Raise your hand if you use thinking aloud as a strategy with your students!
All. The. Time.
I think aloud during reading, math, science, social studies... solving behavior problems. I often worry that my students are missing the point. I wanted to create a cue that would remind students of when I was sharing what was in my head, and when I was really talking.
I like to use a lot of visual cues with my students so I decided to create a 'thought bubble' to hold above my head when I'm modeling my think aloud.
To create my 'thought bubble', I purchased a gold paint pen, black poster board and some wooden dowels. I also found a super cool gold marker that had a blade already inserted in the tip that was awesome but proved difficult to use for this project.
To begin, I hand drew a thought bubble and a speech bubble on the black poster board. I cut it out and used the gold paint pen to outline the bubbles in a thick line to make it stand out. I ended up going over it several times to get the gold nice and thick so it would stand out!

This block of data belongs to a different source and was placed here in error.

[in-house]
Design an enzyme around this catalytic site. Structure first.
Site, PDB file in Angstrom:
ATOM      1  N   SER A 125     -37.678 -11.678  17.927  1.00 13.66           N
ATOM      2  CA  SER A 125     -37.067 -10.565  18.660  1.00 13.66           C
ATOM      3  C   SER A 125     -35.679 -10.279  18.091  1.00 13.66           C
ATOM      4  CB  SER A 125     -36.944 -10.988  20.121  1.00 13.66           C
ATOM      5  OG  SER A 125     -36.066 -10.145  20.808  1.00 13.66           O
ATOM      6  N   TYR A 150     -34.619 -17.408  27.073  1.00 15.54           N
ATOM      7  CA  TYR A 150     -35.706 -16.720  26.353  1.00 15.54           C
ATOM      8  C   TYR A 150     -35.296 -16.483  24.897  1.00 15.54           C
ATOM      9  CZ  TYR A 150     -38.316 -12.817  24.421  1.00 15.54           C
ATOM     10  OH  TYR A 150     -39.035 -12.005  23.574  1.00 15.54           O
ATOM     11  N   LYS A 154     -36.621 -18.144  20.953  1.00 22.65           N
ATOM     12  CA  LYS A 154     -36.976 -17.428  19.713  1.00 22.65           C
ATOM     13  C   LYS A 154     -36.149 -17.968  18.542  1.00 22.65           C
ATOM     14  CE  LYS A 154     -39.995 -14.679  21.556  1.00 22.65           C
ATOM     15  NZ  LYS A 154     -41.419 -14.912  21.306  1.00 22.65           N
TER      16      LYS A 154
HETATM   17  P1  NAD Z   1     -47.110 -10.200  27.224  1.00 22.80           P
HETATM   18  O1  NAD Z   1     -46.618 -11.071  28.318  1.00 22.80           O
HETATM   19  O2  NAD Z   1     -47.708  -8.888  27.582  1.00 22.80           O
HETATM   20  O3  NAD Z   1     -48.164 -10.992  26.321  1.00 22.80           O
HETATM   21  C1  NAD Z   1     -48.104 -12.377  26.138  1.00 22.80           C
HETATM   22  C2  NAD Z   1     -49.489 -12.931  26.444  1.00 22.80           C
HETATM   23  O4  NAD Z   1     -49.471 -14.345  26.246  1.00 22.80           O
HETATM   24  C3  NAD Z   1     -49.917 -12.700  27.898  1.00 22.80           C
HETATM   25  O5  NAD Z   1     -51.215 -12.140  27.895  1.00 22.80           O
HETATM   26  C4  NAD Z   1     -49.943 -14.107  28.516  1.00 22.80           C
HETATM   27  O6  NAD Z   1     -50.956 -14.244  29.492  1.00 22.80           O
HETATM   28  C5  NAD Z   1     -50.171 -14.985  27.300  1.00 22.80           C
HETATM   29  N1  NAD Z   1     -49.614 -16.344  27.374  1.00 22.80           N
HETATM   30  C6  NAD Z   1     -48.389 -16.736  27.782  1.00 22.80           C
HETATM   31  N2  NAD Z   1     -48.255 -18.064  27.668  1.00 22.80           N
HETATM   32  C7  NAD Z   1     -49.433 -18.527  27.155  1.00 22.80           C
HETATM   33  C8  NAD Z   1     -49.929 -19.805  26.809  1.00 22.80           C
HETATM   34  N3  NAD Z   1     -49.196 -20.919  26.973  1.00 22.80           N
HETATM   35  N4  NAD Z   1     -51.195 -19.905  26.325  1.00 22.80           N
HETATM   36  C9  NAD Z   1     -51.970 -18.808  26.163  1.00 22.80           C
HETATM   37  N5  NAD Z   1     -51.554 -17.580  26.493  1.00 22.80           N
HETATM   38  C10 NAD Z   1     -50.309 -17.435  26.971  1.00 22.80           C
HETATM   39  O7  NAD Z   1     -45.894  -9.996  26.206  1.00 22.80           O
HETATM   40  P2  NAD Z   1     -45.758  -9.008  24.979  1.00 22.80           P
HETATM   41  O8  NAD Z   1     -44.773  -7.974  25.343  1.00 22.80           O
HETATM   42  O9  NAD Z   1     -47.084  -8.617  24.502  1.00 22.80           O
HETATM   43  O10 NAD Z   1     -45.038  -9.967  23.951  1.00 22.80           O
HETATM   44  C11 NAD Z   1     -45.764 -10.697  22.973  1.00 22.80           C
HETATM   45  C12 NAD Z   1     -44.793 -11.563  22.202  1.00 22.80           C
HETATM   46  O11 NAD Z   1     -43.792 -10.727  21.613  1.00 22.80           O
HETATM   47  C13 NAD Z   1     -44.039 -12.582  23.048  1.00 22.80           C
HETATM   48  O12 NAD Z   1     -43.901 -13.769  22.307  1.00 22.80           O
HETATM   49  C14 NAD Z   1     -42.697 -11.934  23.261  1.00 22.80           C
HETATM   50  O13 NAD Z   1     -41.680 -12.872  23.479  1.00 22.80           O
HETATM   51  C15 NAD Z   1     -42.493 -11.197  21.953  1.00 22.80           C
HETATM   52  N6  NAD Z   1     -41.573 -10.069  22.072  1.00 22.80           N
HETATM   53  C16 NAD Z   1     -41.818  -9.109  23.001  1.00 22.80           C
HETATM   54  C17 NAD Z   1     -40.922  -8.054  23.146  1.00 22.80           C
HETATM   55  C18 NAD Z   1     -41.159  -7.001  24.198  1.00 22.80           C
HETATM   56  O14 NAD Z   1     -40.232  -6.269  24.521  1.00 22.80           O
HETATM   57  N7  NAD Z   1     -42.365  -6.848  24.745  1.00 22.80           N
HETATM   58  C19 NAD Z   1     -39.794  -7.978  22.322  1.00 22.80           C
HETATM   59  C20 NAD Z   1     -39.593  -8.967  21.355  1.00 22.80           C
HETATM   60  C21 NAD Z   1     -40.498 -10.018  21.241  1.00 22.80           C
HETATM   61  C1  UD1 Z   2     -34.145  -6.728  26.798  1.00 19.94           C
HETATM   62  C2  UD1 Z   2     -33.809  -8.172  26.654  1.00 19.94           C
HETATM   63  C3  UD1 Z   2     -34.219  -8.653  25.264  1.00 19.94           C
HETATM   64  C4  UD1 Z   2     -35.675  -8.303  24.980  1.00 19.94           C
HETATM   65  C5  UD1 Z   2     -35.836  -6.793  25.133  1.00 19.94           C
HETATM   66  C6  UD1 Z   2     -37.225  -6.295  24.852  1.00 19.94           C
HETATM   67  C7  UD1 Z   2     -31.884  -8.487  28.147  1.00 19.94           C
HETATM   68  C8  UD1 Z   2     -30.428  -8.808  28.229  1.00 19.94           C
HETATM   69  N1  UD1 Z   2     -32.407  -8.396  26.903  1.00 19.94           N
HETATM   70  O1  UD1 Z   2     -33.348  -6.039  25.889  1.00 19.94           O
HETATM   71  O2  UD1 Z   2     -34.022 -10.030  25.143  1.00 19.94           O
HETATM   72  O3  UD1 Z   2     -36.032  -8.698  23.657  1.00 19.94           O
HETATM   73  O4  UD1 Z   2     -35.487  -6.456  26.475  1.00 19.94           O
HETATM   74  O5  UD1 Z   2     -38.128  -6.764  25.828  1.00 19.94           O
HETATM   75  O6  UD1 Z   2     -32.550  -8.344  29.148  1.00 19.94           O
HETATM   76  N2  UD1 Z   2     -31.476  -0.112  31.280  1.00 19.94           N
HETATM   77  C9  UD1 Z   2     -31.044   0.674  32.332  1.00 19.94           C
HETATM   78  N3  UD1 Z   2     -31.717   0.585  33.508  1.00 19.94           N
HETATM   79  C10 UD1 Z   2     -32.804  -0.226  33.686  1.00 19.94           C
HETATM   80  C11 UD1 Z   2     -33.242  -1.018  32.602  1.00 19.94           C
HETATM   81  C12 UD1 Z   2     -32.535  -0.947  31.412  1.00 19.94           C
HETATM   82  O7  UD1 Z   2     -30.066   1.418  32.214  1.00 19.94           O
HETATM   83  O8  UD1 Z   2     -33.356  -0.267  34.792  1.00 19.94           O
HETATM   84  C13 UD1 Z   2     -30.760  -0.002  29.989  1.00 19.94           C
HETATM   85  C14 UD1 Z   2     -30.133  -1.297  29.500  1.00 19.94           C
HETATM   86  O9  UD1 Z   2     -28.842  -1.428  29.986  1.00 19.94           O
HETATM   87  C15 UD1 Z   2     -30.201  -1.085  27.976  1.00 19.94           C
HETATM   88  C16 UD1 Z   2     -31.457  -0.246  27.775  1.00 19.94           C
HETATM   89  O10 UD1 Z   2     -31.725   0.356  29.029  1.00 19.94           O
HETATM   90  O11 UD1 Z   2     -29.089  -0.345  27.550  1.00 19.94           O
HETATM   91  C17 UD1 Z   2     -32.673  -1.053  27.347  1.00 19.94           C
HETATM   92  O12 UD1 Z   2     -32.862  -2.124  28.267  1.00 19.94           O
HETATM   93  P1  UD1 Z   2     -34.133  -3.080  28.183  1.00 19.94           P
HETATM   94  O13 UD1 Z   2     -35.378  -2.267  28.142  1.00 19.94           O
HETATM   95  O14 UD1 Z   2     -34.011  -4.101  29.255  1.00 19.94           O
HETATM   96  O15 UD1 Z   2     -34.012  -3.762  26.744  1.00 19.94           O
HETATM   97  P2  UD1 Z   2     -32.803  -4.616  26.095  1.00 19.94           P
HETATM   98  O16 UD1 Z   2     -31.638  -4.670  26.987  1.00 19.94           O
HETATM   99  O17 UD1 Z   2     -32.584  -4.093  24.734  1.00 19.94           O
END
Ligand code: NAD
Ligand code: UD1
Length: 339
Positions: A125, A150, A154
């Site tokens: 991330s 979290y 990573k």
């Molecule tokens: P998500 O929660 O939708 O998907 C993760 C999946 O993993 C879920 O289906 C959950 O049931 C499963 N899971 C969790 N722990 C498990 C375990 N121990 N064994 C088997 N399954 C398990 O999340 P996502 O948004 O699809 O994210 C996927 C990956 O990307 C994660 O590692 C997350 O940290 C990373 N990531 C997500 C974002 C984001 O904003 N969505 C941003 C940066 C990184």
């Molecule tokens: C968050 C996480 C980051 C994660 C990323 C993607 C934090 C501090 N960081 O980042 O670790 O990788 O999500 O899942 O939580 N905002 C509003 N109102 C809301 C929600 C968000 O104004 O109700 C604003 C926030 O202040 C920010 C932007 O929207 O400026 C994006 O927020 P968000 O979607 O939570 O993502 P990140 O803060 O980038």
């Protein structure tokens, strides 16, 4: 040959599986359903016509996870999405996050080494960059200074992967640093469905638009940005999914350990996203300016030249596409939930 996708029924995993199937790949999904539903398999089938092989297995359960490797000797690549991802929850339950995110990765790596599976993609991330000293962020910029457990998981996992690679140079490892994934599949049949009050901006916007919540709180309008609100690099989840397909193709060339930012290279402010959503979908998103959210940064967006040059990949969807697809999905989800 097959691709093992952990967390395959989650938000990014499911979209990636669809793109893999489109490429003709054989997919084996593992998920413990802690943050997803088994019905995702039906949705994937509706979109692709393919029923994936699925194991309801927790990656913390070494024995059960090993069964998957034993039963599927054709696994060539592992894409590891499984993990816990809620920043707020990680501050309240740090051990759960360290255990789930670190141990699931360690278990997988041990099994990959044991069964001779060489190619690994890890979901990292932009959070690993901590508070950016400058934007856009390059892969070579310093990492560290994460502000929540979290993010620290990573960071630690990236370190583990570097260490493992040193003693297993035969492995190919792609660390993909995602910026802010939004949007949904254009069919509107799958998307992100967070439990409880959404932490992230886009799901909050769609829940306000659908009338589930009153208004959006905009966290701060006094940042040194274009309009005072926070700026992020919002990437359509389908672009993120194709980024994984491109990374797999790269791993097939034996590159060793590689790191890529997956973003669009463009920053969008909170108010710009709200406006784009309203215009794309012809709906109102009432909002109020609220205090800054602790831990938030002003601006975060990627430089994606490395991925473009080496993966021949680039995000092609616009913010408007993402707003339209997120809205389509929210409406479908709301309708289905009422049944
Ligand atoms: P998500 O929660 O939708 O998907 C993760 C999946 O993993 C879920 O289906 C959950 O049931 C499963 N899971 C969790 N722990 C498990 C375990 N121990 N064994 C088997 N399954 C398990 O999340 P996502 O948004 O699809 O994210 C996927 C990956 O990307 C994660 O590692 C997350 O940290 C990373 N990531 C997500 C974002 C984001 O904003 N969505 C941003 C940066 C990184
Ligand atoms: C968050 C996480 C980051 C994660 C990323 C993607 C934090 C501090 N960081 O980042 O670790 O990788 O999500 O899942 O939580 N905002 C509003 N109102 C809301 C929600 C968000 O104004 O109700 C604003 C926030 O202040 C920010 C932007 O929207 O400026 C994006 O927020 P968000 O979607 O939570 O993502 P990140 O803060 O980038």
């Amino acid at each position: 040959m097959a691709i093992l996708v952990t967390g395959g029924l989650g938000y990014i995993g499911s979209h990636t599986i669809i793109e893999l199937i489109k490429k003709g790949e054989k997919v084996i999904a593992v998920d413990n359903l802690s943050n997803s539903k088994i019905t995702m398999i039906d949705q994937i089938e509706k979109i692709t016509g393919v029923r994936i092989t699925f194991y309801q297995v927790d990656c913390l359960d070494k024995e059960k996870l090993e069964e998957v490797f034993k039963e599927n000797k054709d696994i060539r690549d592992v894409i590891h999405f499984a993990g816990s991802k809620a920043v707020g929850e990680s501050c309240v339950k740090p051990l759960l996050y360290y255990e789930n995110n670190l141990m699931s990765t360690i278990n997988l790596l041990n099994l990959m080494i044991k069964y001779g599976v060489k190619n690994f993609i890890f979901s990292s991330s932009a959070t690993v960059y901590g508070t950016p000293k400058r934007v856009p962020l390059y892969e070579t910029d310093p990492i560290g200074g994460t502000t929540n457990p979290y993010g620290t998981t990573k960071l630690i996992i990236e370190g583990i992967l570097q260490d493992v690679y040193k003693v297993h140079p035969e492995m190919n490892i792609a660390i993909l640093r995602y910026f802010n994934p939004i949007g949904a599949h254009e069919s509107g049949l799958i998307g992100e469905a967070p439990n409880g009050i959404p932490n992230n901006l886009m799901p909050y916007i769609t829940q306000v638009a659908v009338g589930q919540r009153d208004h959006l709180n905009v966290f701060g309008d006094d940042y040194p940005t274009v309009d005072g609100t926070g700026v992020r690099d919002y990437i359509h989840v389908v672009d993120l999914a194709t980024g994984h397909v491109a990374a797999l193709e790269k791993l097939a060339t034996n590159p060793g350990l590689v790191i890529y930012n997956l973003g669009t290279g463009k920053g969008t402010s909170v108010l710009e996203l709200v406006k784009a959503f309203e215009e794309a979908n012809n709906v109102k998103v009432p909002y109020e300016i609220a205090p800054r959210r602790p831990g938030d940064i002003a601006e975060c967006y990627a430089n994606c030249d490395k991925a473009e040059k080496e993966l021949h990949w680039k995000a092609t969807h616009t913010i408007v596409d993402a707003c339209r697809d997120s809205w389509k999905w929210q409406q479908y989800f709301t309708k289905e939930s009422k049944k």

While I try to have neat handwriting, there is no way I could write words on the bubbles neatly. Using a font from Teach123, I printed out the words "I think..." and "I say...". Using the fancy trick of penciling the back and rubbing it on the black poster board[KK1] , I was able to transfer the words to the poster board.
First, I turned the paper over so I could see the blank side. Next, I took a pencil and heavily shaded an outline of the letters. It helps if you place it against a window so the sunlight shines through and you can see. For the best results, be plentiful with the pencil to make the transfer easier to see. Then, I turned the paper over and placed it on top of the poster board, with the pencil side down. Last, I used a wood stick to rub the text and transfer the pencil to the poster board.
Using the gold paint pen, I traced the letters a few times until they were nice and thick.
I hot glued dowel rods to the back so I could hold them in one hand while I'm teaching.
In hindsight, I wish the speech bubble was a little smaller. I had to do some complicated dowel gluing on the back to make it support itself. The thought bubble turned out perfectly!
How do you use think aloud as a strategy? I would love to hear about it!